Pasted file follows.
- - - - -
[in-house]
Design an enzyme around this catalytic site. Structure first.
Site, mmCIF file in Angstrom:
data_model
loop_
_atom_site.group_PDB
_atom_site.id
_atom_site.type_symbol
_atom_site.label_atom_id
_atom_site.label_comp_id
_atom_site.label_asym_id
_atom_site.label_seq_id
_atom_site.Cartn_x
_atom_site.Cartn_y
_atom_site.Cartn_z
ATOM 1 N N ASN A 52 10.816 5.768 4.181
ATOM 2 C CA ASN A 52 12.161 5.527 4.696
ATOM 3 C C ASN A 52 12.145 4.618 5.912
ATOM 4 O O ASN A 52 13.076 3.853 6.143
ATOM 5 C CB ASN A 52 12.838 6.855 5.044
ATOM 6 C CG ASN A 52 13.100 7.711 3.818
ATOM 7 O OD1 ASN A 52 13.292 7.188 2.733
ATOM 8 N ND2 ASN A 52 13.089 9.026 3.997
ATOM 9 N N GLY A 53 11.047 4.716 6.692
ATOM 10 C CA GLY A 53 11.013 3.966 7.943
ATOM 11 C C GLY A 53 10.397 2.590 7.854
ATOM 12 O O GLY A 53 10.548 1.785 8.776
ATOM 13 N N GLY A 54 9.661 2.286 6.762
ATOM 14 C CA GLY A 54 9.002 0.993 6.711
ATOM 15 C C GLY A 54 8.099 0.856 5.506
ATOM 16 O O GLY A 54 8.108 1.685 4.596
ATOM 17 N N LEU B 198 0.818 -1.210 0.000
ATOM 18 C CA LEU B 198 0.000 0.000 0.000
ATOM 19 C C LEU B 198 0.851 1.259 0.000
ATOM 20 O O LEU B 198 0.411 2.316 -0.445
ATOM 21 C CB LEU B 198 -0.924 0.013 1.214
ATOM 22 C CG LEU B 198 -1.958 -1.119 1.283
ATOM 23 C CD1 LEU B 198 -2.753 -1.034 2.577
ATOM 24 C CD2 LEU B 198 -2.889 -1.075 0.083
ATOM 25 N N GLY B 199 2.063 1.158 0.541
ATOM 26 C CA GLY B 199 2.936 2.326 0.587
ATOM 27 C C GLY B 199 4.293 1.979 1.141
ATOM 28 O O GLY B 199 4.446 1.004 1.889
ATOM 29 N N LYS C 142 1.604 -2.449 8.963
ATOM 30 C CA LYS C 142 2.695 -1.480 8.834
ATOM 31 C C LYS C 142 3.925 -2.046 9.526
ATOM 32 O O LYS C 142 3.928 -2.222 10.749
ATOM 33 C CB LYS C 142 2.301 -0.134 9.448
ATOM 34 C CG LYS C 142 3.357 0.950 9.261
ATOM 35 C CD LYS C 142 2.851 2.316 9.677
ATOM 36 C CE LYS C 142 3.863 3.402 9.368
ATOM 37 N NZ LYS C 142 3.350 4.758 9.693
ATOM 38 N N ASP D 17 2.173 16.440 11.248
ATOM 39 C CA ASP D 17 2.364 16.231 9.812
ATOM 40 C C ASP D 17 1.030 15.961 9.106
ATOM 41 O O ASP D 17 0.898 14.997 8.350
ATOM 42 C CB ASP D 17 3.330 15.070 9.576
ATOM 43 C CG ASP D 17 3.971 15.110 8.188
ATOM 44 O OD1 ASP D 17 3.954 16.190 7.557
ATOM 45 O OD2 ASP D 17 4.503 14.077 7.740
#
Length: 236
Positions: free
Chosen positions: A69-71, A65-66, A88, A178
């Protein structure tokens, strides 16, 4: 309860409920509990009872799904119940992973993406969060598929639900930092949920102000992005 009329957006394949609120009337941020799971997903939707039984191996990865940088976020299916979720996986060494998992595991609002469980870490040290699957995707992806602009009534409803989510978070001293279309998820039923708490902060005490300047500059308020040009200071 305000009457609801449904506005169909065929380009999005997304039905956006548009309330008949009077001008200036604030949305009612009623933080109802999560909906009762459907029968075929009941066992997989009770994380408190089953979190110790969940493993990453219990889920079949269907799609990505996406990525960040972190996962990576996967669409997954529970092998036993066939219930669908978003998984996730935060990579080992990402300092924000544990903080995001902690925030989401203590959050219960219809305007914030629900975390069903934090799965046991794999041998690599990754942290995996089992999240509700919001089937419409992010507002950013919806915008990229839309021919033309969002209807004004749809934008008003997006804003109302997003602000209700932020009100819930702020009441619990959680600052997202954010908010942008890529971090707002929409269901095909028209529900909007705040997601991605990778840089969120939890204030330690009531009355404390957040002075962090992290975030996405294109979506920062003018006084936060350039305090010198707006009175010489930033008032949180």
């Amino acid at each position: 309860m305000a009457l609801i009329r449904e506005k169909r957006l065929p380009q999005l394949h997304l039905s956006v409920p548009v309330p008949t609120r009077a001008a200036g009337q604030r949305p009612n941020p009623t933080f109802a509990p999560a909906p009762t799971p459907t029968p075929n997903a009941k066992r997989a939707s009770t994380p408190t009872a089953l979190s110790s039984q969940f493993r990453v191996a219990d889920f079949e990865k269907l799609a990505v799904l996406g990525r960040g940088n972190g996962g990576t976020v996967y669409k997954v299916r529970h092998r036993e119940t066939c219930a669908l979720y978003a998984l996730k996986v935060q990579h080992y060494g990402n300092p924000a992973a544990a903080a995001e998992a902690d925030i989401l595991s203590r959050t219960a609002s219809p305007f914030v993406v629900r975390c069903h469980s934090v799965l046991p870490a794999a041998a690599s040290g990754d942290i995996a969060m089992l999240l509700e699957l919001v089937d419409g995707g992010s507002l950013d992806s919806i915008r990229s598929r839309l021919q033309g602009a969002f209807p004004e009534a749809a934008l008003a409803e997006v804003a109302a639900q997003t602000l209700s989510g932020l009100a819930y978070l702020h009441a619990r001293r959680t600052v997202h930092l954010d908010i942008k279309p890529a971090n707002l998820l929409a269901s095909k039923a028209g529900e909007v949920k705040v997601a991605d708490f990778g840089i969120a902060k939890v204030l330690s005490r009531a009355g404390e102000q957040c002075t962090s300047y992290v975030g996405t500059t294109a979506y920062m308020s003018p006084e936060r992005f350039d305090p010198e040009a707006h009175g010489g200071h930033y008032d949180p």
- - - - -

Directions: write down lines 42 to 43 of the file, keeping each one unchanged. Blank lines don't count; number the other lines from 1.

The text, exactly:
ATOM 27 C C GLY B 199 4.293 1.979 1.141
ATOM 28 O O GLY B 199 4.446 1.004 1.889